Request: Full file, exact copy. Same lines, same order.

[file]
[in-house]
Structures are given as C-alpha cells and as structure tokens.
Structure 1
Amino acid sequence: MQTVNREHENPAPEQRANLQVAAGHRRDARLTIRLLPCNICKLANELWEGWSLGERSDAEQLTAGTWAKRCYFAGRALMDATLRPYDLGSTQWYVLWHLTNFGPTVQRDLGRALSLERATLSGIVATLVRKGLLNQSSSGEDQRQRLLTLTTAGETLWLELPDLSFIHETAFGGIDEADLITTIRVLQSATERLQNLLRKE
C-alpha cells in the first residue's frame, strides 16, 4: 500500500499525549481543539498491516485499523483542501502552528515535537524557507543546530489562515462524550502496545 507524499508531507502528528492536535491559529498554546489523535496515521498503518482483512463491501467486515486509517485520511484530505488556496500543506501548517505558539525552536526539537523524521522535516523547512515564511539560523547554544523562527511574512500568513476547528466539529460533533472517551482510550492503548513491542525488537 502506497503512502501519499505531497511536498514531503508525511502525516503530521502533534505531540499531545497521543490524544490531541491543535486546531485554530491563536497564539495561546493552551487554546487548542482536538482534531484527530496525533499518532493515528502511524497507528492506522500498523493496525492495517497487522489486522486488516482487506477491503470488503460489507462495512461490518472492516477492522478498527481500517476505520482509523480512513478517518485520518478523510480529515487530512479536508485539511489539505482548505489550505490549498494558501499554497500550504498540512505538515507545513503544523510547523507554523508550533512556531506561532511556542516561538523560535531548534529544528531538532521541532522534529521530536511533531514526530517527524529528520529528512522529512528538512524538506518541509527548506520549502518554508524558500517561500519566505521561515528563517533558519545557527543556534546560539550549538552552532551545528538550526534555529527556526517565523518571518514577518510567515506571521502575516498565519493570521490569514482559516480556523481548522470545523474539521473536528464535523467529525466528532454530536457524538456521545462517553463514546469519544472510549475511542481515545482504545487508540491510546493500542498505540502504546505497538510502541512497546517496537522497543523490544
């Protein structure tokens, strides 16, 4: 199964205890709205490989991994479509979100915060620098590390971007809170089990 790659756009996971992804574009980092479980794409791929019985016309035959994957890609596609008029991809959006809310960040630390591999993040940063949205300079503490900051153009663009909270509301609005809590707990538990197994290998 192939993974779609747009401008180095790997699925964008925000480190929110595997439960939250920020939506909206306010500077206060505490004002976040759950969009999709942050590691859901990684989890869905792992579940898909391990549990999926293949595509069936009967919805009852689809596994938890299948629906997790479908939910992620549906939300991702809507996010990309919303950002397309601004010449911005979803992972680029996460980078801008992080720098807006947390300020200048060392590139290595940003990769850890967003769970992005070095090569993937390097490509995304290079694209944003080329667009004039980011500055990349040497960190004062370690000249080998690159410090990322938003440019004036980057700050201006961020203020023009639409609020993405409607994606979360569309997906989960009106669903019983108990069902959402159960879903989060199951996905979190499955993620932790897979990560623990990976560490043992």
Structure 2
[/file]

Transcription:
[in-house]
Structures are given as C-alpha cells and as structure tokens.
Structure 1
Amino acid sequence: MQTVNREHENPAPEQRANLQVAAGHRRDARLTIRLLPCNICKLANELWEGWSLGERSDAEQLTAGTWAKRCYFAGRALMDATLRPYDLGSTQWYVLWHLTNFGPTVQRDLGRALSLERATLSGIVATLVRKGLLNQSSSGEDQRQRLLTLTTAGETLWLELPDLSFIHETAFGGIDEADLITTIRVLQSATERLQNLLRKE
C-alpha cells in the first residue's frame, strides 16, 4: 500500500499525549481543539498491516485499523483542501502552528515535537524557507543546530489562515462524550502496545 507524499508531507502528528492536535491559529498554546489523535496515521498503518482483512463491501467486515486509517485520511484530505488556496500543506501548517505558539525552536526539537523524521522535516523547512515564511539560523547554544523562527511574512500568513476547528466539529460533533472517551482510550492503548513491542525488537 502506497503512502501519499505531497511536498514531503508525511502525516503530521502533534505531540499531545497521543490524544490531541491543535486546531485554530491563536497564539495561546493552551487554546487548542482536538482534531484527530496525533499518532493515528502511524497507528492506522500498523493496525492495517497487522489486522486488516482487506477491503470488503460489507462495512461490518472492516477492522478498527481500517476505520482509523480512513478517518485520518478523510480529515487530512479536508485539511489539505482548505489550505490549498494558501499554497500550504498540512505538515507545513503544523510547523507554523508550533512556531506561532511556542516561538523560535531548534529544528531538532521541532522534529521530536511533531514526530517527524529528520529528512522529512528538512524538506518541509527548506520549502518554508524558500517561500519566505521561515528563517533558519545557527543556534546560539550549538552552532551545528538550526534555529527556526517565523518571518514577518510567515506571521502575516498565519493570521490569514482559516480556523481548522470545523474539521473536528464535523467529525466528532454530536457524538456521545462517553463514546469519544472510549475511542481515545482504545487508540491510546493500542498505540502504546505497538510502541512497546517496537522497543523490544
């Protein structure tokens, strides 16, 4: 199964205890709205490989991994479509979100915060620098590390971007809170089990 790659756009996971992804574009980092479980794409791929019985016309035959994957890609596609008029991809959006809310960040630390591999993040940063949205300079503490900051153009663009909270509301609005809590707990538990197994290998 192939993974779609747009401008180095790997699925964008925000480190929110595997439960939250920020939506909206306010500077206060505490004002976040759950969009999709942050590691859901990684989890869905792992579940898909391990549990999926293949595509069936009967919805009852689809596994938890299948629906997790479908939910992620549906939300991702809507996010990309919303950002397309601004010449911005979803992972680029996460980078801008992080720098807006947390300020200048060392590139290595940003990769850890967003769970992005070095090569993937390097490509995304290079694209944003080329667009004039980011500055990349040497960190004062370690000249080998690159410090990322938003440019004036980057700050201006961020203020023009639409609020993405409607994606979360569309997906989960009106669903019983108990069902959402159960879903989060199951996905979190499955993620932790897979990560623990990976560490043992």
Structure 2